Eating Cookies?


For those of you who have a child with food allergies, you know how hard it is to keep them safe.  Always checking and rechecking labels, having to tell them that they cannot have this or that all the time, and teaching them to the best of your ability what to do when they are offered food.  Just when you think your child has his/her food allergy figured out, they go and do something that totally throws you off.  It makes you question how well you have taught them and what they will do in your absence.

My daughter was diagnosed with a severe peanut allergy at 18 months.  Since then, we have taught her and told her time and time again, not to eat ANY food without checking to make sure it’s safe.  If it does not have packaging to check ingredients, she may not have it.  We have also told her that just because someone tells you it is safe, unless they have the packaging with the ingredients listed to prove it is safe, she cannot have it.  In fact, we have gone as far as telling her that unless her father or I check her food, she may not eat it.  It is always better to be safe than sorry.

Yesterday, she came home from school with a ziploc bag of cookies in her backpack.  I asked her where they came from & she explained her friend on the bus gave them to her.  Then fear built up in my chest, and I asked her if she had eaten any.  Slowly, she looked down, and mumbled, “I just had one.”  I asked her how she knew if they were safe, and she explained that her friend told her that they were, and they looked like cookies she had eaten before.  At that exact moment, I was filled with dread, fear, and anger – dread that she could still have a reaction, because I didn’t know how long ago she ate the cookie, fear that even though she knew she shouldn’t eat it, that she did anyway, and anger that she would put herself in harms way even though she knew better.  After a LONG talk, and explaining again that she cannot eat ANYTHING without checking with us first, PERIOD, I hugged her and held her tight!  The reality that she could have died hit me hard.  I then had to reiterate to her what “could” have happened if they did have peanuts in them.  I had to explain to my 7 year old child that she could DIE.  It terrifies me daily, that something so simple as a peanut could take my childs life away.  A concept I don’t think she quite understands, because she said to me, “but mom, if they had peanuts, I would just use my Epipen”.  I then had to explain that her Epipen could cause her to become extremely ill also, and even still she would have to be rushed to the emergency room.  I don’t want to terrify my child, but on the other hand, I would rather have her terrified of peanuts than use the try it and see approach.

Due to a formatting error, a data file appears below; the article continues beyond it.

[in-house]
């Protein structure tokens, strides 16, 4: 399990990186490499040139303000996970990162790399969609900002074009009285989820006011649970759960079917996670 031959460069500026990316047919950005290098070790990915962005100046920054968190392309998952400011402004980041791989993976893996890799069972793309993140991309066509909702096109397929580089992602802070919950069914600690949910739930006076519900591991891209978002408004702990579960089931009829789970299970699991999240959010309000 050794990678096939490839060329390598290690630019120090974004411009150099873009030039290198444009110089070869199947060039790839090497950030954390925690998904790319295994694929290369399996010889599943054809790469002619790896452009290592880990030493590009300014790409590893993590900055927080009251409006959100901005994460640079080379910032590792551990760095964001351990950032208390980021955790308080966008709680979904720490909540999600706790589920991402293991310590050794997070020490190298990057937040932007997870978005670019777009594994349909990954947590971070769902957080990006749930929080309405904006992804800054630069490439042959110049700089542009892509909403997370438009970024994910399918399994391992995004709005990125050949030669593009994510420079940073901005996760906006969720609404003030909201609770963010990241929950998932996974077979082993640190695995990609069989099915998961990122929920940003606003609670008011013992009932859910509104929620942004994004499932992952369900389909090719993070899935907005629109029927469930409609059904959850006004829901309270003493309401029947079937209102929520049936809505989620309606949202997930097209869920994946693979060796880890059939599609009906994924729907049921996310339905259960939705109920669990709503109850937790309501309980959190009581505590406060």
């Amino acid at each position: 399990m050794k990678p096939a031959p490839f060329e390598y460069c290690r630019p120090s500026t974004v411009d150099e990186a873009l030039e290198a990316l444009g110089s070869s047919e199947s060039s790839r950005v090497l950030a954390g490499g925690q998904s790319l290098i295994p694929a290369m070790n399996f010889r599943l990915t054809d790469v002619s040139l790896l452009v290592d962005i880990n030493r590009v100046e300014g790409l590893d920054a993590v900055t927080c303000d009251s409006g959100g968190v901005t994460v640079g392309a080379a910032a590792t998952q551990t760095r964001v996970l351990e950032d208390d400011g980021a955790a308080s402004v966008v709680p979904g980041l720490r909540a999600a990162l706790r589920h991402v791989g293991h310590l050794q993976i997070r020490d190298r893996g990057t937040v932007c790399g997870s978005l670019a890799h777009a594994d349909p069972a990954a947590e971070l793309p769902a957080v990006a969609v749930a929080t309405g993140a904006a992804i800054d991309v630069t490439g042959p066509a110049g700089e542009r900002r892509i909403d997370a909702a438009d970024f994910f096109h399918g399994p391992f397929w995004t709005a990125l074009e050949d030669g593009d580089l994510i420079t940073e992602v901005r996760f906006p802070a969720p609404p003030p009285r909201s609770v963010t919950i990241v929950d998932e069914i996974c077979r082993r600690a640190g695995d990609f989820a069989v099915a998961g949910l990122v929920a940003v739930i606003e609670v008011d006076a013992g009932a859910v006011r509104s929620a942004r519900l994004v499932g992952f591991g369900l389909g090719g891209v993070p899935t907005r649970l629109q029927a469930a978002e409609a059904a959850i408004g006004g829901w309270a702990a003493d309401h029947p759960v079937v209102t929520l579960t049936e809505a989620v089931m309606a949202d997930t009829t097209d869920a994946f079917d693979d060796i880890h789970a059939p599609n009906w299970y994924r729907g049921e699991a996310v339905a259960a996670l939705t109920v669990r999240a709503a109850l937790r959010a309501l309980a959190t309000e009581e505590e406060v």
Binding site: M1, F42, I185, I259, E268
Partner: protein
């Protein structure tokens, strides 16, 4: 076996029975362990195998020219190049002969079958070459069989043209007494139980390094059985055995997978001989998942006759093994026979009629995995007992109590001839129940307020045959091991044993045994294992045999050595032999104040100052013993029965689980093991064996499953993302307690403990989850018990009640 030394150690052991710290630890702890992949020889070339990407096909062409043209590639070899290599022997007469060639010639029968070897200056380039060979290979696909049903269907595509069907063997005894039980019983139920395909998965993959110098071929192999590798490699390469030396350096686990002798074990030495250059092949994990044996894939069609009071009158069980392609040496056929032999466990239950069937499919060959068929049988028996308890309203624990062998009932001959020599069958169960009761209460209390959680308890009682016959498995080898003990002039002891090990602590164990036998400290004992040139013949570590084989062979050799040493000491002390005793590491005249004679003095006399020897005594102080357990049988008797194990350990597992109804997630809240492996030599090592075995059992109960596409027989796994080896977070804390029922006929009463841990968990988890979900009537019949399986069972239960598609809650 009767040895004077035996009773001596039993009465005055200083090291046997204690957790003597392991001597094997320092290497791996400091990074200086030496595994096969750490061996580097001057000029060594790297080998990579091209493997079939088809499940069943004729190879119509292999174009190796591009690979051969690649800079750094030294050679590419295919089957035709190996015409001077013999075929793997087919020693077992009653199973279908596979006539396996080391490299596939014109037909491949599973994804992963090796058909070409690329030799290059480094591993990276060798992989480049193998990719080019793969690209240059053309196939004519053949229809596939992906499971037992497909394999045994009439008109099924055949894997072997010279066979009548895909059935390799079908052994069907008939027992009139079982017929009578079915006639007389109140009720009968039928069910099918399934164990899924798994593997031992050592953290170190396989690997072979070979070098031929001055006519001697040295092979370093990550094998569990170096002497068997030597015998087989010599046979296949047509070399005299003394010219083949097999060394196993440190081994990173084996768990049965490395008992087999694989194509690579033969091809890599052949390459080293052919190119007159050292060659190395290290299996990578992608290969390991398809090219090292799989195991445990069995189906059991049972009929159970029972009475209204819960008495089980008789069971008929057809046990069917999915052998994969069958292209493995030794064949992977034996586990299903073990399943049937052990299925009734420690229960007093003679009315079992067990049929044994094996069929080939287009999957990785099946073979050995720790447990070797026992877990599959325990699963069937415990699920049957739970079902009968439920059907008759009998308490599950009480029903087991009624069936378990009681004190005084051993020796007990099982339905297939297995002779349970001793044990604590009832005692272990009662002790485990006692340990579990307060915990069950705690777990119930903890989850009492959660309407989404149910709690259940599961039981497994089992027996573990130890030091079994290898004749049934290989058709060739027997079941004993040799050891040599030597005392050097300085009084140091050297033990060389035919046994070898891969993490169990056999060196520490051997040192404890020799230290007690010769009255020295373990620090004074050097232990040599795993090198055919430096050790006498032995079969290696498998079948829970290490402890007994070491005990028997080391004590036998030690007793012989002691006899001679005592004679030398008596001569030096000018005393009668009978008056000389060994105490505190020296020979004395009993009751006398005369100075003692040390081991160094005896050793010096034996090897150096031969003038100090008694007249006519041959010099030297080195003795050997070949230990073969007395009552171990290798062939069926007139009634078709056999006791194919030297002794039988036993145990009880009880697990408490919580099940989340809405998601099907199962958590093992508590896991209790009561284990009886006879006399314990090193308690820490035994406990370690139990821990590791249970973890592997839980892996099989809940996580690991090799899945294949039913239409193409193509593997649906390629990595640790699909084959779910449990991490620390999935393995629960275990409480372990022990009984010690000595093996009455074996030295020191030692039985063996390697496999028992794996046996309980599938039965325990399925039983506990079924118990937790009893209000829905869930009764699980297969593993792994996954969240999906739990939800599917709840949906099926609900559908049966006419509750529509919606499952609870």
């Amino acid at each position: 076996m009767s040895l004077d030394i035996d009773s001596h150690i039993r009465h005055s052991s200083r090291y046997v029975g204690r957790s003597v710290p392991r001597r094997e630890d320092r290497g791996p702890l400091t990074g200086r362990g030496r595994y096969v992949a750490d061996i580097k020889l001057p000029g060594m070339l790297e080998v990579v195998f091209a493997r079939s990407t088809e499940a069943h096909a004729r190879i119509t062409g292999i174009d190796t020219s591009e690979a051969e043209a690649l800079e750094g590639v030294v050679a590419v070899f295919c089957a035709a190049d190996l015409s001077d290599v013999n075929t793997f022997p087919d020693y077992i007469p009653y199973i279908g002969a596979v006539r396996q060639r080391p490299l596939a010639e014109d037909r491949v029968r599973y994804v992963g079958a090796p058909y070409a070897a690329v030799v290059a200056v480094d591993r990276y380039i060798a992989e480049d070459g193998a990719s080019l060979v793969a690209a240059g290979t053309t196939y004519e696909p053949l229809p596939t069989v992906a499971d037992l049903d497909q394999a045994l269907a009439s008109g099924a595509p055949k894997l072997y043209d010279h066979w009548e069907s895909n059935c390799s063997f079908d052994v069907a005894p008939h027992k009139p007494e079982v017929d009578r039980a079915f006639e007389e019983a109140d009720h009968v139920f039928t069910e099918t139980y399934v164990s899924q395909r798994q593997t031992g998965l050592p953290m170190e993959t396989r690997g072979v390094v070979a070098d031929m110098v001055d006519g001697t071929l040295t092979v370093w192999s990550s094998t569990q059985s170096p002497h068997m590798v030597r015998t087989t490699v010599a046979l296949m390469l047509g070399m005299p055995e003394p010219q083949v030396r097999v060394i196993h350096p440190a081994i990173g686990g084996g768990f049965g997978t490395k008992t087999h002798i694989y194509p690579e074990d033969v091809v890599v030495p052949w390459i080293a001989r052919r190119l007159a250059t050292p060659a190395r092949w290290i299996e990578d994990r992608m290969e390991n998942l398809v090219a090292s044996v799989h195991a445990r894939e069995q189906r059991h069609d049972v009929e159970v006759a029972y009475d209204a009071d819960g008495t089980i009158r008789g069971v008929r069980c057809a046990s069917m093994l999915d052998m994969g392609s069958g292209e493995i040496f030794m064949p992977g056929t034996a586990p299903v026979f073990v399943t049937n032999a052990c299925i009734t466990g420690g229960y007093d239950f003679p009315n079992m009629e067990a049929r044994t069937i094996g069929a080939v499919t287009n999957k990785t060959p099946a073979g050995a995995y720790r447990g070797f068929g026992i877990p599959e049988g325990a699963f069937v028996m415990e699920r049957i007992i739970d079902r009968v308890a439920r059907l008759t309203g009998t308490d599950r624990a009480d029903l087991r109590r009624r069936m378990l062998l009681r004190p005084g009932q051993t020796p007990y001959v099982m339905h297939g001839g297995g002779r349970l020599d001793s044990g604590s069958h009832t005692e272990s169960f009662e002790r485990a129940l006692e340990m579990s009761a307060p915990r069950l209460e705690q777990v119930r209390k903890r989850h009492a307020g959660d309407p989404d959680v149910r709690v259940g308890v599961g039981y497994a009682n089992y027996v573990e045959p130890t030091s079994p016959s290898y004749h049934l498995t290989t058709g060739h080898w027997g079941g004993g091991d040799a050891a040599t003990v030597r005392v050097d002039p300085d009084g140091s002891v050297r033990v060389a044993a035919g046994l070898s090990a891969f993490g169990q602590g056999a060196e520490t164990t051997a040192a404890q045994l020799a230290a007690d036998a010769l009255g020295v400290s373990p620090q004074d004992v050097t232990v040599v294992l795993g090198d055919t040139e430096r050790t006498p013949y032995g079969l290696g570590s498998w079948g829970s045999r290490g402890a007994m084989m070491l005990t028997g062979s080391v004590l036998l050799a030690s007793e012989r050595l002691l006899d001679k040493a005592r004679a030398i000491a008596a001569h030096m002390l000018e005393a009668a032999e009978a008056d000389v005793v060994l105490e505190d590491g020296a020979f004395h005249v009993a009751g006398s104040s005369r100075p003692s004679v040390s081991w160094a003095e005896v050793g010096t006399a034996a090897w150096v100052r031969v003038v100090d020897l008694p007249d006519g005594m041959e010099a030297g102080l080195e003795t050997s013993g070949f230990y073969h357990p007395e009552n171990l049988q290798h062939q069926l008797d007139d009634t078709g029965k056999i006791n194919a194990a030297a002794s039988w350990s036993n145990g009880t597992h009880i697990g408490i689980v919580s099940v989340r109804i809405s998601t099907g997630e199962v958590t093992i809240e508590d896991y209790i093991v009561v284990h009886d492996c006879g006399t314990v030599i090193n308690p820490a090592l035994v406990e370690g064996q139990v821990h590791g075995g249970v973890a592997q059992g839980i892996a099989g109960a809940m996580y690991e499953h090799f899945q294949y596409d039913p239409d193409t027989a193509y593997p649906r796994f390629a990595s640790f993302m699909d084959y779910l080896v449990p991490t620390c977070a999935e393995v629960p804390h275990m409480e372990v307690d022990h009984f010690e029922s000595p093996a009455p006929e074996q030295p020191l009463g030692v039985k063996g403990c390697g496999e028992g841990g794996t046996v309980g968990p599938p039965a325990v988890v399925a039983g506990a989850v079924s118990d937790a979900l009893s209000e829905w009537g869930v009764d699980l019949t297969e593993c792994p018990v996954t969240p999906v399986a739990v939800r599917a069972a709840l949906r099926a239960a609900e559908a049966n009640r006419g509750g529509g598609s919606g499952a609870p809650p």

After she agreed to not eat ANYTHING without checking first, then I became angry at the allergy itself.  WHY does she have to have a peanut allergy?  WHY can’t she be like other children who can sneak a cookie on the bus?  Why can’t she eat whatever she wants without reading labels?  WHY can’t she attend birthday parties and eat whatever cake they serve instead of having to bring her own snack, just in case?

Then I reminded myself, that in the grand scheme of things, a peanut allergy is not some horrible debilitating disease.  It makes life difficult, sure, but is still very doable.  More children have food allergies now than ever before.  I know this sounds crazy, but it’s a good time to have a food allergy.  Since food allergies are so common nowadays, schools have special plans in place, and people have a greater knowledge and understanding of them.  I am hearing more and more research and trials done to figure out what is causing them, and hopefully soon they will have a cure.

I know there are so many others out there who are dealing with or have dealt with food allergies too.  I would love to hear some of your comments and thoughts.  For those of you with food allergic children, has your child ever done this?

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About Annie

I have a daughter with a severe peanut allergy. She was diagnosed when she was 2. She is 11 now. I have lived the battles of having a child with food allergies, and feel education and awareness makes all the difference.

Posted on February 7, 2013, in Food Allergies, Peanut Allergy, Trials & Tribulations of Food Allergies and tagged , , , . Bookmark the permalink. 2 Comments.

  1. I have a severe dairy allergy and I used to do this, not often, but every once in a while when I didn’t want to “feel different” or when the peer pressure was very high. I was born with the allergy and knew the consequences. Every time I did this, I got very sick which, over time, taught me to stop doing it. I think my difficulty was that so many of my friends and their parents had no idea about allergies and didn’t know the consequences. Education for those around your daughter, in addition to her own knowledge, is the best defense.

  2. Thanks for sharing this with me!

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